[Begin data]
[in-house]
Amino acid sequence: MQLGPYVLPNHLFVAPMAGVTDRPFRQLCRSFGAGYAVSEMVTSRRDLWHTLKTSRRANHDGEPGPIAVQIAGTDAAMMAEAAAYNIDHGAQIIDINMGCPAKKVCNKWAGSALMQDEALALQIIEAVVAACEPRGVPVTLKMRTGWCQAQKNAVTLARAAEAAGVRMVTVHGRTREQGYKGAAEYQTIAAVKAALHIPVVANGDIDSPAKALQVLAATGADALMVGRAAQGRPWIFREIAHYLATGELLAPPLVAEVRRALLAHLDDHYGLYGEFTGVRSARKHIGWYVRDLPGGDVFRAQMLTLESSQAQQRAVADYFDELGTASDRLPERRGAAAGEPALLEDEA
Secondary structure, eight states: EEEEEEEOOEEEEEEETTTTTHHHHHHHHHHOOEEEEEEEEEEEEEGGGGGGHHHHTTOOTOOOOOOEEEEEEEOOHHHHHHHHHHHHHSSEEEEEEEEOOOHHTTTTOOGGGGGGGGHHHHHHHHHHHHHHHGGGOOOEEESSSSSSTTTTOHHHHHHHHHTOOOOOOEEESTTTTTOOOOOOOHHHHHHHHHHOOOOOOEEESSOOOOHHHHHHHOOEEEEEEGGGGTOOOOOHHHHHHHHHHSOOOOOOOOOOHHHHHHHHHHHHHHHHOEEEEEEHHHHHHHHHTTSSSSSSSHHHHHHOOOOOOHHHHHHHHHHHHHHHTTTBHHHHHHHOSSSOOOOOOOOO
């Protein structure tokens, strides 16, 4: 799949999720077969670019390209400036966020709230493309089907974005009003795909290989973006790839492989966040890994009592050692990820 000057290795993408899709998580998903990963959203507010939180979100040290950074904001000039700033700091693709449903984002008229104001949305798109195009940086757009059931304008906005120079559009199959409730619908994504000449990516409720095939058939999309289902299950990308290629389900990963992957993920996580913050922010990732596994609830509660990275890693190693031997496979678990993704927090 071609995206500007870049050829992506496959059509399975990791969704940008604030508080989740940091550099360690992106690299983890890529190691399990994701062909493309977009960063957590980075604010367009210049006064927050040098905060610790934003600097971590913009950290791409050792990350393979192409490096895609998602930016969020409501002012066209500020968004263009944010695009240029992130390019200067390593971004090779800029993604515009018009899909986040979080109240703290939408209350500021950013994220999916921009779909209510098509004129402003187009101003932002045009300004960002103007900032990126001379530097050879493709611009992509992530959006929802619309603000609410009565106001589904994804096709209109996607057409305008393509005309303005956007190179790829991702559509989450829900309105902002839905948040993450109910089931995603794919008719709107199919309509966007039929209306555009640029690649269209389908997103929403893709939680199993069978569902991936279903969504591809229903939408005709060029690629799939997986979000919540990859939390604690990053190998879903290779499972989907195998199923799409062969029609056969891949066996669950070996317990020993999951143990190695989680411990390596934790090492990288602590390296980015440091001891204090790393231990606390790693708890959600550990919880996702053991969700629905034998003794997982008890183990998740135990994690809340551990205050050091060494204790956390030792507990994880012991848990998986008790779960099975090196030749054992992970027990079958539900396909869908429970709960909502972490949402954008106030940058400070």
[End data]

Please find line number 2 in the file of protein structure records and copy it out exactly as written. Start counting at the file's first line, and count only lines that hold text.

Amino acid sequence: MQLGPYVLPNHLFVAPMAGVTDRPFRQLCRSFGAGYAVSEMVTSRRDLWHTLKTSRRANHDGEPGPIAVQIAGTDAAMMAEAAAYNIDHGAQIIDINMGCPAKKVCNKWAGSALMQDEALALQIIEAVVAACEPRGVPVTLKMRTGWCQAQKNAVTLARAAEAAGVRMVTVHGRTREQGYKGAAEYQTIAAVKAALHIPVVANGDIDSPAKALQVLAATGADALMVGRAAQGRPWIFREIAHYLATGELLAPPLVAEVRRALLAHLDDHYGLYGEFTGVRSARKHIGWYVRDLPGGDVFRAQMLTLESSQAQQRAVADYFDELGTASDRLPERRGAAAGEPALLEDEA